By Douglas V. Gibbs
Author, Speaker, Instructor, Radio Host

While the enemy seeks to divide and conquer,
the key to restoring the Constitution is unity through biblical and constitutional
Either we are a virtuous society, or we are
not.  If we are not a virtuous society,
we are not capable of the U.S. Constitution. 
Therefore, the answer to restoring our Constitutional Republic is
As the Declaration of Independence declared,
“with a firm reliance on the protection of divine Providence, we mutually
pledge to each other our Lives, our Fortunes and our sacred Honor.”
We must, as Ronald Reagan said, paint with
bold colors so that the American people can clearly see the classical, elegant
palette of conservatism, rather than the slapdash, trash art of progressivism,
thereby pressing the electorate to respond to those images either with vigorous
rejection or passionate acceptance…so help us God.
The Framers of the U.S. Constitution
spelled out our role in all of this quite clearly.  The document begins with “We the People.”
In Article I. the Congress is given the
power to legislate.
In Article II. the President is given the
power to execute the laws of the United States, and be the Commander in Chief
when a leader is needed in terms of our military.
In Article III. the judges are given the
power to act judicially.
In Article IV. and the Tenth Amendment we
are reminded that the sovereignty of the States is an important part of the
whole system.
In Article V. the ability to amend the
Constitution is provided; a process that may begin with Congress, or the
In Article VI. it is established that the
supreme law of the land is the U.S. Constitution, the laws of the United States
made in pursuance of the U.S. Constitution, and all treaties which have been
made or shall be made.  The States are
instructed not to make any laws contrary to constitutional federal laws, and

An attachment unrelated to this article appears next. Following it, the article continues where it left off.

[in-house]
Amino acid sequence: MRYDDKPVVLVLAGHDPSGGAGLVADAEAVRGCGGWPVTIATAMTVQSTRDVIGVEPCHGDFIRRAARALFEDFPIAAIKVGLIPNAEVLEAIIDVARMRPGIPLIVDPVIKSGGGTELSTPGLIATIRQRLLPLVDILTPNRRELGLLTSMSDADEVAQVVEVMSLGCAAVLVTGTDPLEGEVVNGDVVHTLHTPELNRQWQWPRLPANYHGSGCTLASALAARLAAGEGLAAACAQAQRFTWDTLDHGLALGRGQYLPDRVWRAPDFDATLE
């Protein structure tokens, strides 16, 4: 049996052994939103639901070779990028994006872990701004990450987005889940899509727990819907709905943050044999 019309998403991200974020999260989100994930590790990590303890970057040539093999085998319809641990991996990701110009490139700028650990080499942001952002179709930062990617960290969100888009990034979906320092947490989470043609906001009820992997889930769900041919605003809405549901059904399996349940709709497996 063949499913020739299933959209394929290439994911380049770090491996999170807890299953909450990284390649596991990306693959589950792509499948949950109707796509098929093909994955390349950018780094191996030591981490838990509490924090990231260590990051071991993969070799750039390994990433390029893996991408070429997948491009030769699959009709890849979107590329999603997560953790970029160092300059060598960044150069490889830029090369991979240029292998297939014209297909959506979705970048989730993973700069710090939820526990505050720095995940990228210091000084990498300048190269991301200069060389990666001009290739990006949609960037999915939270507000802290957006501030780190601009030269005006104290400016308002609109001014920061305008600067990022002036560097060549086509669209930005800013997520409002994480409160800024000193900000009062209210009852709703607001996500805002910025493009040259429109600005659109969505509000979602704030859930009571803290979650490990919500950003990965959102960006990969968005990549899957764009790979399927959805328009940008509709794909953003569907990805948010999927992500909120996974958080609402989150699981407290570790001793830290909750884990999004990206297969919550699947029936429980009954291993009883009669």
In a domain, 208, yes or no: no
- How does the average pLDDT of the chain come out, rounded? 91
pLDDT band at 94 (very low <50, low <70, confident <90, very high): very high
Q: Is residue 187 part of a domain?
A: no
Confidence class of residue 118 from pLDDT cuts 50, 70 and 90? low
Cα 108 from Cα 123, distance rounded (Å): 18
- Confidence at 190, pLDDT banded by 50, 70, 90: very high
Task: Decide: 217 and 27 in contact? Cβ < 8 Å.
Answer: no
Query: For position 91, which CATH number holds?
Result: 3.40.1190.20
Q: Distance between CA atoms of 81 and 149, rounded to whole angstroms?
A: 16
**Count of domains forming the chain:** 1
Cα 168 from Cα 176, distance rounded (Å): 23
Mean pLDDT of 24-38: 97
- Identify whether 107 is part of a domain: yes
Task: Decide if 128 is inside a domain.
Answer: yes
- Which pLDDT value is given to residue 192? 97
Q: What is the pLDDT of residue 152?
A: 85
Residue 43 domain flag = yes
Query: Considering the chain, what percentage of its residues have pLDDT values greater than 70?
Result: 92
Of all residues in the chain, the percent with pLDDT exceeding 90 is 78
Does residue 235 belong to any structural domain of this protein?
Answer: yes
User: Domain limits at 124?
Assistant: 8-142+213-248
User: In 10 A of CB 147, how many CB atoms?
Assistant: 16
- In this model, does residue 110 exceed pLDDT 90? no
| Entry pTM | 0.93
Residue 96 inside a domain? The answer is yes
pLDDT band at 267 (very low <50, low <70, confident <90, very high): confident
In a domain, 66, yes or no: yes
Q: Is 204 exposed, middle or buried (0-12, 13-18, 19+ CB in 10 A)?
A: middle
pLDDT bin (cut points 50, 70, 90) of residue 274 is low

the judges are reminded that is it their job to judicate in a manner that supports
the Constitution.
But, what about We the People?  What is our job?
Our responsibilities at this crossroads in
American History cannot be clearer.  They
are laid out as the five natural rights enumerated in the First Amendment,
which is the beginning of the Bill of Rights.
of Religion.
of Speech.
of the Press.
of Assembly.
to petition the government for a redress of grievances.
Freedom of religion, in addition to the
establishment clause which disallows the Congress from making any laws that establishes
a state religion, the amendment says that Congress may also make no law “prohibiting
the free exercise thereof.”
Freedom of speech includes both political
and religious speech.  The clause is
there to ensure that if we believe government, or our culture, is acting in a
manner we disagree with, we may be able to speak out about it without fear of
legal retribution.
Freedom of the press goes beyond journalism.  We have a right to write letters to the
editor, or write our own opinion pieces and publish them however we wish; which
includes online.
Freedom of Assembly means we can meet with
who we want, be it a labor union, or a Tea Party group.  We may assemble at churches, meeting halls,
or pubs with who we like, and without fear of any penalty of law.
Freedom to petition the government for a
redress of grievances is more than allowing us to sign a petition, or provide
any other paperwork to government offices in an attempt to speak out.  Freedom to petition also includes letters to
our congressmen, verbal exchanges with our representatives, and speaking to
your city council during city council meetings. 
Freedom to petition includes protesting, rallying and shaking your fist
at the board members during a school board meeting.
In other words, the First Amendment
explains to We the People that our job revolves around the phrase, “consent of
the governed,” and when we have a problem with what is going on it is our job
about it.
out about it.
about it.
with others about it.
be activists about it.
If the First Amendment recipe for some
reason fails to turn the government around, all is still not lost.  Failure of the First Amendment simply activates
the Second Amendment . . . the right to keep and bear arms.

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